“Therapy kind of gave me the training to speak my mind. It’s not something we’re taught, especially as Black women."
If you ask Riley’s manager, Myisha Brooks, she’ll tell you the foundation of who the multihyphenate is hasn’t changed much since she was a kid growing up in Compton. “She is who she is from when I met her back when she was singing in the front of the church to back when she landed major roles in film and TV,” Brooks says. Time has allowed Riley to grow more comfortable, giving fans a more intimate glimpse into her life, including her mental health journey and the ins and outs of show business.
The actress/singer has been in therapy since 2019, although she suffered from depression and anxiety way before that. In a recent interview with Jason Lee, she recalls having suicidal ideation as a kid. By the time she started seeing a psychologist and taking antidepressants in her thirties, her body had become jittery, a physical reminder of the trauma stacked high inside her. “I was shaking in [my therapist’s] office,” she tells xoNecole. “My fight or flight was on such a high level. I was constantly in survival mode. My heart was beating fast all the time. All I did was sweat.”
There wasn’t just childhood trauma to account for. After auditioning for American Idol and being turned away by producers, Riley began working for Ikea and nearly missed her Glee audition because her car broke down on the highway while en route. Thankfully, Riley had been cast to play Mercedes Jones. American Idol had temporarily convinced her she wasn’t cut out for the entertainment industry, but this was validation that she was right where she belonged. Glee launched in 2009 with the promise of becoming Riley’s big break.
In some ways, it was. The show introduced Riley to millions of fans and catapulted her into major Hollywood circles. But in other ways, it became a reminder of the types of roles Black women, especially those who are plus-sized, are relegated to. Behind the scenes, Riley says she fought for her character "to have a voice" but eventually realized her efforts were useless. "It finally got to a point where I was like, this is not my moment. I'm not who they're choosing, and this is just going to have to be a job for me for now," she says. "And, that's okay because it pays my bills, I still get to be on television, I'm doing more than any other Black plus-sized women that I'm seeing right now on screen."
The actress can recognize now that she was navigating issues associated with trauma and low self-esteem at the time. She now knows that she's long had anxiety and depression and can recognize the ways in which she was triggered by how the cult-like following of the show conflicted with her individual, isolated experiences behind the scenes. But she was in her early '20s back then. She didn't yet have the language or the tools to process how she was feeling.
Riley says she eventually sought out medical intervention. "When you're in Hollywood, and you go to a doctor, they give you pills," she says, sharing a part of her story that she'd never revealed publicly before now. "[I was] on medication and developing a habit of medicating to numb, not understanding I was developing an addiction to something that's not fixing my problem. If anything, it's making it worse."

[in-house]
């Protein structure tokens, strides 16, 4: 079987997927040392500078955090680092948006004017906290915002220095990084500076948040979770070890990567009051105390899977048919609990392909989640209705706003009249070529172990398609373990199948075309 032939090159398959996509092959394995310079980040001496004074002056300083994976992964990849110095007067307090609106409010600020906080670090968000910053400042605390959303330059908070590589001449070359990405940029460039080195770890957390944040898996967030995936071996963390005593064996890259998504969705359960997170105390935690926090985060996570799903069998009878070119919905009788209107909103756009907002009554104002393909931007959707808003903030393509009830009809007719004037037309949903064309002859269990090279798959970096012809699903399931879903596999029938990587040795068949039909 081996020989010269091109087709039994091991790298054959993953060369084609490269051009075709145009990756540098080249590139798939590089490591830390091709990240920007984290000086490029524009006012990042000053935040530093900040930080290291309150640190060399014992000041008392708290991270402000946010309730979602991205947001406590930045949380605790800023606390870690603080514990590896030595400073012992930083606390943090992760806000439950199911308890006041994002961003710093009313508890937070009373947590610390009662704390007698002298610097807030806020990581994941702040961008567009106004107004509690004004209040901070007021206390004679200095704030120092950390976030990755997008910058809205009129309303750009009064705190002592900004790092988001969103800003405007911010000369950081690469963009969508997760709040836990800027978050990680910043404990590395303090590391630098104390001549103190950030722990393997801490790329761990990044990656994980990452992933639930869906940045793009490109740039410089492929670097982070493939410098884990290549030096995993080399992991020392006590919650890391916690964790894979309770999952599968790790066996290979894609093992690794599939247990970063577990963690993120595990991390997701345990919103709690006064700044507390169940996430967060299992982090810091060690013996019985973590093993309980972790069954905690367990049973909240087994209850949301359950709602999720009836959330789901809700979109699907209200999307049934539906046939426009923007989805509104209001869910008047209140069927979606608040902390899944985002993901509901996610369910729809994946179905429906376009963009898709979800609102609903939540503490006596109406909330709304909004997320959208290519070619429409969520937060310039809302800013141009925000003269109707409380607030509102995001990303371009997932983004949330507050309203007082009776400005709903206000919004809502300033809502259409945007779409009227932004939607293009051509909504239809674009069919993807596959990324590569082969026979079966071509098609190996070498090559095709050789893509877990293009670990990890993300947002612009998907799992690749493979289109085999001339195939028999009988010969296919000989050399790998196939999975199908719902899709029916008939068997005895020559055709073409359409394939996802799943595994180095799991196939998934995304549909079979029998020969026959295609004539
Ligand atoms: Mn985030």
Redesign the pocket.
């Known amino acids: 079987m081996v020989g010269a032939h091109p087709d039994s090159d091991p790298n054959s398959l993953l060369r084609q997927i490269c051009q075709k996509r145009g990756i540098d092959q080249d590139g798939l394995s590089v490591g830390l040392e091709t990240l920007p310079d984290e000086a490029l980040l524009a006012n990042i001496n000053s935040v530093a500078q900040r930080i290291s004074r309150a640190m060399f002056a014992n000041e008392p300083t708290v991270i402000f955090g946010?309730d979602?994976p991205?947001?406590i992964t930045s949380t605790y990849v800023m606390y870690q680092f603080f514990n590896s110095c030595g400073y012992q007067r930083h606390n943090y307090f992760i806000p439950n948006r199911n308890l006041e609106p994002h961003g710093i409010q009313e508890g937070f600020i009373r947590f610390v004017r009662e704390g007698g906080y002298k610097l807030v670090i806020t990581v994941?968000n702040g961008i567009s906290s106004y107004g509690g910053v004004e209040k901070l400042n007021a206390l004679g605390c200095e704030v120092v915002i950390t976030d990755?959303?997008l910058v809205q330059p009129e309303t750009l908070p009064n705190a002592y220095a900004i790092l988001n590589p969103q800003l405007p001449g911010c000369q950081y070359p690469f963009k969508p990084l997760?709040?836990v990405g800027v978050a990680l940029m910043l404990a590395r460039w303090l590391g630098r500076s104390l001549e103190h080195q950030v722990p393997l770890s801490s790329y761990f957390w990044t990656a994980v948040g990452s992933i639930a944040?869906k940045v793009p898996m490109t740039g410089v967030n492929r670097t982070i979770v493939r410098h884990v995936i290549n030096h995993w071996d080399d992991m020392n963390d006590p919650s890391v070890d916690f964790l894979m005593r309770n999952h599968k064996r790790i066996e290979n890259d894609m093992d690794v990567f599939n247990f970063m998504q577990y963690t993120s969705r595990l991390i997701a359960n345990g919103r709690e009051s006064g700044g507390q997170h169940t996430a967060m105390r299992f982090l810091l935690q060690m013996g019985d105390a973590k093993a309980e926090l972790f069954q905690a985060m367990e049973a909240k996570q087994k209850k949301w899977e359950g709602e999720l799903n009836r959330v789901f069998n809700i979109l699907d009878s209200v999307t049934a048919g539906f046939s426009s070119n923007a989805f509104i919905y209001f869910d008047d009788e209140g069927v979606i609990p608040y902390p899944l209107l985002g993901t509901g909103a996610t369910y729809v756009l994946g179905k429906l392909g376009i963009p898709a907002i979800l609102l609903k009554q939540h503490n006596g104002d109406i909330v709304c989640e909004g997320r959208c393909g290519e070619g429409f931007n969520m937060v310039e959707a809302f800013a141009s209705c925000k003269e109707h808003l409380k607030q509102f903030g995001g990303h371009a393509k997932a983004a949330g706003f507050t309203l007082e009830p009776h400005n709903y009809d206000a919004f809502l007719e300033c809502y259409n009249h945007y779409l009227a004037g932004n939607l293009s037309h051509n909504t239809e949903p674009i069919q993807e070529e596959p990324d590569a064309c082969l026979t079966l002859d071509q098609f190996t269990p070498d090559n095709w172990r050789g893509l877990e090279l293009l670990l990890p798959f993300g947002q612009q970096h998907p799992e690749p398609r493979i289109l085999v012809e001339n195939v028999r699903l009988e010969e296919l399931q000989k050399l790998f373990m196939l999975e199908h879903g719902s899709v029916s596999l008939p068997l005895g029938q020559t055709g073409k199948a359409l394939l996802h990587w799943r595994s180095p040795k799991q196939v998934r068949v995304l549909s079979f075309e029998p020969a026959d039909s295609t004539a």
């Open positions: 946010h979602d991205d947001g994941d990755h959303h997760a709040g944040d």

“[I was] on medication and developing a habit of medicating to numb, not understanding I was developing an addiction to something that’s not fixing my problem. If anything it’s making it worse.”
Credit: Ally Green
At one point, while in her dressing room on set, she rested her arm on a curling iron without realizing it. It wasn't until her makeup artist alerted her that she even realized her skin was burning. Once she noticed, she says she was "so zonked out on pills" that she barely reacted. Speaking today, she holds up her arm and motions towards a scar that remains from the incident. She sought help for her reliance on the pills, but it would still be years before she finally attended therapy.
This stress was only compounded by the trauma of growing up in poverty and the realities of being a "contract worker." "Imagine going from literally one week having to borrow a car to get to set to the next week being on a private jet to New York City," she says. After Glee ended, so did the rides on private planes. The fury of opportunities she expected to follow her appearance on the show failed to materialize. She wasn't even 30 yet, and she was already forced to consider if she'd hit her career peak.
. . .
We’re only four minutes into our Zoom call before Riley delivers her new adage to me. “My new mantra is ‘humility does not serve me.’ Humility does not serve Black women. The world works so hard to humble us anyway,” she says.
On this Thursday afternoon in April, the LA-based entertainer is seated inside her closet/dressing room wearing a cerulean blue tank top with matching shorts and eating hot wings. This current phase of healing hinges on balance. It’s about having discipline and consistency, but not at the risk of inflexibility. She was planning to head to the gym, for instance, but she’s still tired from the “exhausting” day before. Instead, she’s spent her day receiving a massage, eating some chicken wings, and planning to spend quality time with friends. “I’m not going to beat myself up for it. I’m not going to talk down to myself. I’m going to eat my chicken wings, and then tomorrow I’m [back] in the gym,” she says.